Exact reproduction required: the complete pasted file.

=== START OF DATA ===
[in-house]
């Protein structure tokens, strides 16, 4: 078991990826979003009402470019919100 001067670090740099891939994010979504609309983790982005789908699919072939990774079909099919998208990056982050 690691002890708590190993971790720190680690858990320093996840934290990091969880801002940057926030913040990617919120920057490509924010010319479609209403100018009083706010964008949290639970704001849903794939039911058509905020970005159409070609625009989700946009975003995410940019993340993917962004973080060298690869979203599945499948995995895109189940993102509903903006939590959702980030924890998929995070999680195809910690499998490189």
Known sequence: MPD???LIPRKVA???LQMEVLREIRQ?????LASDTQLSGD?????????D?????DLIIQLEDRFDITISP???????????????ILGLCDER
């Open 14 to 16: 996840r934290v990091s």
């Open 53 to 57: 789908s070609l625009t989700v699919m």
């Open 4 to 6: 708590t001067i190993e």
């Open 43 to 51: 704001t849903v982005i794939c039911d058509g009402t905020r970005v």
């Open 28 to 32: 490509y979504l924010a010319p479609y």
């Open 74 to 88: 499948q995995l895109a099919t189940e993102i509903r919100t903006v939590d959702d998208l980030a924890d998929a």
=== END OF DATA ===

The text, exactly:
[in-house]
């Protein structure tokens, strides 16, 4: 078991990826979003009402470019919100 001067670090740099891939994010979504609309983790982005789908699919072939990774079909099919998208990056982050 690691002890708590190993971790720190680690858990320093996840934290990091969880801002940057926030913040990617919120920057490509924010010319479609209403100018009083706010964008949290639970704001849903794939039911058509905020970005159409070609625009989700946009975003995410940019993340993917962004973080060298690869979203599945499948995995895109189940993102509903903006939590959702980030924890998929995070999680195809910690499998490189």
Known sequence: MPD???LIPRKVA???LQMEVLREIRQ?????LASDTQLSGD?????????D?????DLIIQLEDRFDITISP???????????????ILGLCDER
């Open 14 to 16: 996840r934290v990091s």
């Open 53 to 57: 789908s070609l625009t989700v699919m």
């Open 4 to 6: 708590t001067i190993e």
């Open 43 to 51: 704001t849903v982005i794939c039911d058509g009402t905020r970005v």
């Open 28 to 32: 490509y979504l924010a010319p479609y």
């Open 74 to 88: 499948q995995l895109a099919t189940e993102i509903r919100t903006v939590d959702d998208l980030a924890d998929a």